Also, “Claiming packages from Philpost.”
I just thought I’d reminisce about my past experiences from claiming packages in the Philpost customs division. If you are new to this, the most probable situations wherein you might encounter the Philpost customs are either if you ordered anything from abroad and have chosen the cheapest shipping option, or if you are receiving a gift from anyone abroad via the same circumstances.
If you ordered something online and chose USPS (United States Postal Service), your package will travel from the product’s warehouse to the airport and finally into the Philippines complete with real-time online tracking via the USPS site. This usually takes four days to a week using the standard service and is very dependable. The problem starts when your package is already here in the Philippines. Add at least one more week and you will receive a note on a 3×5 index card that you have a package waiting for you at the Philippine Postal Corporation main office. This is in front of the old domestic airport. I think on about my third experience, I chose not to wait for the note and instead called Philpost, gave them my tracking number and asked if my package was already there. It was, only I have to pass by the front office to to have them print a card for me. You can’t just go in the customs area if you don’t have a notice. Upon entering the compound of the head office, the customs area is to your left.
The customs area isÂ a semi-warehouse that has a rather unfashionable reception area. This is where you exchange your notice and wait for the customs people to locate your package. Once your package has been located, or, after approximately an hour, you will be called to enter the, and the climax of this post, den-of-corruption.
Your package will be opened in front of you, it will be identified and classified using their “guidebook” which lists all possible criteria for material goodsÂ like electronics, clothing, jewelry, etc. Tax will be calculated next.
I have claimed a $750 electric guitar, guitar gadgets, car parts, more car parts, and I have to say the average total calculated cost of my fees averages 40% of the declared cost of my goods. I do not know what sort of magic calculator they use but I always seem to lose focus once all the numbers and percentage signs pile up. They calculate this in front of you.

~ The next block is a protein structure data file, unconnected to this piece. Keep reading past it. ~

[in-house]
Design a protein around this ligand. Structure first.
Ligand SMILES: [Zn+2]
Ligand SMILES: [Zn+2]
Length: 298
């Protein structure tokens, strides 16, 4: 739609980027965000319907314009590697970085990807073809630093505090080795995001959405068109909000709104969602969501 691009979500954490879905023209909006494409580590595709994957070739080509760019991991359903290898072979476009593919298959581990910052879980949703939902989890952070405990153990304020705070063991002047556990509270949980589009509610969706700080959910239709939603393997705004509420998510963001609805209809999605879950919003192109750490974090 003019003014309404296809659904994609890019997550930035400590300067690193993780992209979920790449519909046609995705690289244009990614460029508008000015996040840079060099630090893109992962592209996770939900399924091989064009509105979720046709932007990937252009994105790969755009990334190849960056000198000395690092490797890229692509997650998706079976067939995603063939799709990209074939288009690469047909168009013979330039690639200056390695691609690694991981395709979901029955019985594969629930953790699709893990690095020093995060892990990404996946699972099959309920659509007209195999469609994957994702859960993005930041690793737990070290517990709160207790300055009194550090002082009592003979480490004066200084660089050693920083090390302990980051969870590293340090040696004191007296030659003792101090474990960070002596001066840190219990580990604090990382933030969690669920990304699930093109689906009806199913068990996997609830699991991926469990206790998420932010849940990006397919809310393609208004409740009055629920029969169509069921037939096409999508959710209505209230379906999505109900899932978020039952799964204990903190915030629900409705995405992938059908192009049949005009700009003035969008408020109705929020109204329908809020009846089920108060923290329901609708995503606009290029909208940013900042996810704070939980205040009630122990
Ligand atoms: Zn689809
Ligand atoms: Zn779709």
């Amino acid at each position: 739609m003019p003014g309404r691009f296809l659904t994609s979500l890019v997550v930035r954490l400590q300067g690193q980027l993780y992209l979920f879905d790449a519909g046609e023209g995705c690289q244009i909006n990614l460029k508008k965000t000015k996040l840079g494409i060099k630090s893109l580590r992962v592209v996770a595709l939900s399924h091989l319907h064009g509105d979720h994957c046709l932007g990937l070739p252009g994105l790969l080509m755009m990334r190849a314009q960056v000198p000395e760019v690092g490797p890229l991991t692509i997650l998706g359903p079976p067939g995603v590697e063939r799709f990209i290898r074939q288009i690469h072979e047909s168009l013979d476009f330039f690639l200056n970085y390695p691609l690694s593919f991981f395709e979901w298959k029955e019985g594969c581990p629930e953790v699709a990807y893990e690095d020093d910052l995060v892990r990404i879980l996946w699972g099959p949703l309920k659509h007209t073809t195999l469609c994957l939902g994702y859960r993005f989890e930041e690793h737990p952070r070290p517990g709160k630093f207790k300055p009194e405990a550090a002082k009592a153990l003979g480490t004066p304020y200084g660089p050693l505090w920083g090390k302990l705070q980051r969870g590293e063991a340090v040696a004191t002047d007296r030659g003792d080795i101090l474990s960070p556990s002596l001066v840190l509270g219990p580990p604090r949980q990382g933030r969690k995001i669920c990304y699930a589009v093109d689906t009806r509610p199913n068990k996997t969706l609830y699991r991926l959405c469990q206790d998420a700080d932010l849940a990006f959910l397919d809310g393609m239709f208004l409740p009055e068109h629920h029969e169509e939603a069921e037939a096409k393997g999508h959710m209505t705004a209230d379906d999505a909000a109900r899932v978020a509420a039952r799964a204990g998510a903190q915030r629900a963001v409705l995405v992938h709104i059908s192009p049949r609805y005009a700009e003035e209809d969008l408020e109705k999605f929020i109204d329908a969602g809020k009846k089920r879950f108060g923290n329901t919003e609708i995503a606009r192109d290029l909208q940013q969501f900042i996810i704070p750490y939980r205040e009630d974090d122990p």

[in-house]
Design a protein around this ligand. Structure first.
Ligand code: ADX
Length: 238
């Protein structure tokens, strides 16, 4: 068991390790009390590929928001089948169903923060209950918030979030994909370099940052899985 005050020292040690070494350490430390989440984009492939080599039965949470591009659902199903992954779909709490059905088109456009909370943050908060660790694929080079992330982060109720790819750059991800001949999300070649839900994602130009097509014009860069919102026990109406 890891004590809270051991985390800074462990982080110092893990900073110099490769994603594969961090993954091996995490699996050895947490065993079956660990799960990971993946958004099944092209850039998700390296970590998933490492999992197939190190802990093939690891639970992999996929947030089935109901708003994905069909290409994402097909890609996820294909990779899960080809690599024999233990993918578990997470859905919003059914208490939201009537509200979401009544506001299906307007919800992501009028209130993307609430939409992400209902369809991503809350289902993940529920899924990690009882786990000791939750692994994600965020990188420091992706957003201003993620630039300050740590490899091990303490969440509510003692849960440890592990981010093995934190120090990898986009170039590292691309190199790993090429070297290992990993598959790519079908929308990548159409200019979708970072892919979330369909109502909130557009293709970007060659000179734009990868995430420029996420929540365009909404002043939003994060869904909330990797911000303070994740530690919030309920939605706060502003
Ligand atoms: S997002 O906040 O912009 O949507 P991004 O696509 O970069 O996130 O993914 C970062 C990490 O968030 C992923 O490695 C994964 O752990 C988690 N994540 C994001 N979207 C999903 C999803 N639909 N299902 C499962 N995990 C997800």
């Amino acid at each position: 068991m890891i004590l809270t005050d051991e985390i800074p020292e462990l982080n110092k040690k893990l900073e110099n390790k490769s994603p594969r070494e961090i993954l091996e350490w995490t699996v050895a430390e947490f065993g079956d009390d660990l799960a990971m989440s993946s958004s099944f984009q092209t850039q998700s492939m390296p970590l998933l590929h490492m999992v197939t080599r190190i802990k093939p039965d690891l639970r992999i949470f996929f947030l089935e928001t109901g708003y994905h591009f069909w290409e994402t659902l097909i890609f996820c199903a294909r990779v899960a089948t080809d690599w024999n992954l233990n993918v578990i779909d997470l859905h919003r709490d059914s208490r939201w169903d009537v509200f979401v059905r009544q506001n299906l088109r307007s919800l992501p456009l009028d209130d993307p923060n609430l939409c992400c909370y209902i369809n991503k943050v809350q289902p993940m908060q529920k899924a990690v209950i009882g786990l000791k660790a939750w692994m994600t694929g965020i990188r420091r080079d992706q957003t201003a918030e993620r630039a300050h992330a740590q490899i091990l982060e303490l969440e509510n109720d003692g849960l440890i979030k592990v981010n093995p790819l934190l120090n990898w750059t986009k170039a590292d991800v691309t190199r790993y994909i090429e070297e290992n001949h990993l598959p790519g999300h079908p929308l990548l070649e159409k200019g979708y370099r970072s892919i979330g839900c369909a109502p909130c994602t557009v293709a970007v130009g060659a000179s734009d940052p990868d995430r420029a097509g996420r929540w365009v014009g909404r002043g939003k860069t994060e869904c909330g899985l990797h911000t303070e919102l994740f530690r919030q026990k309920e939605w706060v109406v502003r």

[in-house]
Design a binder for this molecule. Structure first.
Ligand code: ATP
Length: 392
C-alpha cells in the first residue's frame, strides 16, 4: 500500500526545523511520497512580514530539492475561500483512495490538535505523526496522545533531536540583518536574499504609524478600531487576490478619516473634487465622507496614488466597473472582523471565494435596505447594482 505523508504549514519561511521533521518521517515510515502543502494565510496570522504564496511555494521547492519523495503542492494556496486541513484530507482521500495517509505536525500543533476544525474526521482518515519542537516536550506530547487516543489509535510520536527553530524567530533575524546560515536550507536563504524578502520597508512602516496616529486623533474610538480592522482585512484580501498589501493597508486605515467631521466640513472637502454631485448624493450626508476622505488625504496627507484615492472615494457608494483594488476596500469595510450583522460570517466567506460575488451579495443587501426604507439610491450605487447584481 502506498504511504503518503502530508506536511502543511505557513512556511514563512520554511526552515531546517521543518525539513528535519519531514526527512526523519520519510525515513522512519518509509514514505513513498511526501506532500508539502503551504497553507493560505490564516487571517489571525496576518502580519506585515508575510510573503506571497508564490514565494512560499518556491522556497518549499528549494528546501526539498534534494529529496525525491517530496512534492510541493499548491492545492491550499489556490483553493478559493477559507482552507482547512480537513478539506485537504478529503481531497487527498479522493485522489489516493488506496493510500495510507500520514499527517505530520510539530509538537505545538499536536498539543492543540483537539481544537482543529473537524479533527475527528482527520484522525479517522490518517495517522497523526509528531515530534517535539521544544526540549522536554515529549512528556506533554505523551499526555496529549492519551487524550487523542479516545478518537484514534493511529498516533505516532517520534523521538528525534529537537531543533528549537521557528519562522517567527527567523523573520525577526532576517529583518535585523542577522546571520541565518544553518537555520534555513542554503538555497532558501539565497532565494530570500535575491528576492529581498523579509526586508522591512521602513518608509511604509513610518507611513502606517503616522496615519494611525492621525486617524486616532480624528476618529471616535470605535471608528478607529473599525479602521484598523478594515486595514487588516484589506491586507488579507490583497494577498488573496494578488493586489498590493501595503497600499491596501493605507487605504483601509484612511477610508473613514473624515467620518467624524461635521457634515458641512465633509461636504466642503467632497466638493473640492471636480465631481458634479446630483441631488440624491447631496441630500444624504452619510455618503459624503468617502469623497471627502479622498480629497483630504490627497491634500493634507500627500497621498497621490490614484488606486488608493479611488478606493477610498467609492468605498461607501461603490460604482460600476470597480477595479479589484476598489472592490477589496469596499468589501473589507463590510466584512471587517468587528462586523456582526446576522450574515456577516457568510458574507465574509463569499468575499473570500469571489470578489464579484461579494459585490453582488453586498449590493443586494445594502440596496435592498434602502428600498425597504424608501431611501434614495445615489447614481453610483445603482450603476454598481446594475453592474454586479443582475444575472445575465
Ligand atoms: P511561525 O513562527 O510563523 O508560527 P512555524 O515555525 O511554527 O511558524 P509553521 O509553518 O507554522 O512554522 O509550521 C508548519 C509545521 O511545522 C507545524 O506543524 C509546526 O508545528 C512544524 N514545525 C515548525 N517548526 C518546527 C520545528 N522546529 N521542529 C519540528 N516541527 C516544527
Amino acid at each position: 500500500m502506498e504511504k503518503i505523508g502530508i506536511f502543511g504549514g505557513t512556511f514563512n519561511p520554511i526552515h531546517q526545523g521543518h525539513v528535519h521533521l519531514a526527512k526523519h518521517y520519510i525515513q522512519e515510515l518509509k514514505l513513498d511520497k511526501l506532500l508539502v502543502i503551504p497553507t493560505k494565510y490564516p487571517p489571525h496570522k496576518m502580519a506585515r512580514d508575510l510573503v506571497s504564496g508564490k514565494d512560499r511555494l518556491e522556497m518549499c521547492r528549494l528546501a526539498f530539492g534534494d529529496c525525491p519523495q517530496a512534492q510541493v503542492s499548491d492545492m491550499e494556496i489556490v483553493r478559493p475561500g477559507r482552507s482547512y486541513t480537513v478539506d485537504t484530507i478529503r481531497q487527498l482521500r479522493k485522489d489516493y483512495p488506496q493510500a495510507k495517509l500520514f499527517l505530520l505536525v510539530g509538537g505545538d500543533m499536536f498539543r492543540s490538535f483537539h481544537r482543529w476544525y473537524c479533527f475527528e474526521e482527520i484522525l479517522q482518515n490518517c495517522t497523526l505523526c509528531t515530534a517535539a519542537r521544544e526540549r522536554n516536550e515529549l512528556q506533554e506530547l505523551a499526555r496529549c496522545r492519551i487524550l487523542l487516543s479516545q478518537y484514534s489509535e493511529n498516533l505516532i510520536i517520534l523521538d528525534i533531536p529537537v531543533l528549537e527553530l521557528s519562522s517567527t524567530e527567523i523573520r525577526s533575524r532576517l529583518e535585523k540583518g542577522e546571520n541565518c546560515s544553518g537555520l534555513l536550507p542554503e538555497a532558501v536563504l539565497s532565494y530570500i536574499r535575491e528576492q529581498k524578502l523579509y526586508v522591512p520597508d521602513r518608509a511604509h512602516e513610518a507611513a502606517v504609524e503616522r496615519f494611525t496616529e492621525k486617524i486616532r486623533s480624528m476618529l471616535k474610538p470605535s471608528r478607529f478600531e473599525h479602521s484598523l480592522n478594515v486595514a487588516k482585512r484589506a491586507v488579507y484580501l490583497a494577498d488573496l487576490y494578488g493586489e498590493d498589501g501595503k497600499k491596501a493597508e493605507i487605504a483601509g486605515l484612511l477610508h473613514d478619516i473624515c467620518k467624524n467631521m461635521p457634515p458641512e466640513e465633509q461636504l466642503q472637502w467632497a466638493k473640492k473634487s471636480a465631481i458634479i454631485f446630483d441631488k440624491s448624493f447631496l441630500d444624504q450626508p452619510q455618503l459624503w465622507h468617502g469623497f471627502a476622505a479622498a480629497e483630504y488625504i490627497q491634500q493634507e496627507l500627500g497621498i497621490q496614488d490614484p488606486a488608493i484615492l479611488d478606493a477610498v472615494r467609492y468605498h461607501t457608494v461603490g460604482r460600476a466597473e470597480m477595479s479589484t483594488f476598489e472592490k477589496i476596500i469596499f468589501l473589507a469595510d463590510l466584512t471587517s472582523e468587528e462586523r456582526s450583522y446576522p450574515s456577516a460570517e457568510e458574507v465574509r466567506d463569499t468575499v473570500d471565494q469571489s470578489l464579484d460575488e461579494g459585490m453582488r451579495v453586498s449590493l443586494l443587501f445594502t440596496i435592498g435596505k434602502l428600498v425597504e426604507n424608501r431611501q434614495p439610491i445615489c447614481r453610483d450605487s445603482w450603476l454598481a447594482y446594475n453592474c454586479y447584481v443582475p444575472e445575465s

In my guitar incident, I would have paid and additional Php 10,000.00 for a Php 35,000.00 guitar. My wallet was shy of about 5 large. My options, pick-up my precious axe some other time or rush to the nearest atm. In total desperation I respectfully asked why I have to pay so much. The explanation was one done with abrupt, precise and professionally composed wordings only goverment officials understand.
“Kailangan mo ba ng tulong?” were the sweetest five words I heard that day. “Opo ma’am.” “Magkano ba kaya mo?” “Ma’am ito lang po.” Discretely exposing my measly three bills of a thousand each. “O sige iho, ok lang ba sa’yo walang resibo?” “Ok lang po.” “Ibigay mo ito dun sa ale sa isang lamesa, sabihin mo tinulungan kita.”
On to the next table. “Ah tinulungan ka ba ni ano…” “Opo ma’am.” ” O sige ilagay mo dito ang pera tapos magbayad ka nalang ng kinse sa labas.” “Salamat po.” On my wayÂ then to night’s worth of chords, scales, hammering, slides, etc. It was a sweet Parker P-42 electric guitar in gray.
Some other things I said, saw and learned on my succeeding trips. “Ma’am pwede nyo ba ako tulungan?” “Ma’am kahit wala nalang po resibo.” Two young policemen hanging around the customs area were at one time talking about guns whilst acting out shootouts with their real guns and, hitting on a pretty lady accompanied by her mother claiming a package from who-knows-who. The customs area has a daily quota of I believe is around Php 200,000.00 per day. I know this because there was this one time I was trying to haggle my fees and I constantly heard her say “Iho malayo pa kami sa quota ngayong araw, kung gusto mo balik ka nalang mamaya.” And finally, I’ve never lost a package from doing this. But then again, I’ve also been robbed.
I have since resorted to Johnny Air, a cheaper and less hassle way of having your items shipped in a U.S. address and then later forwarded by them. If I had the money I’d chose FedEx. If I had more money I’d chose UPS. If I’m stupid, I’d go back to Philpost.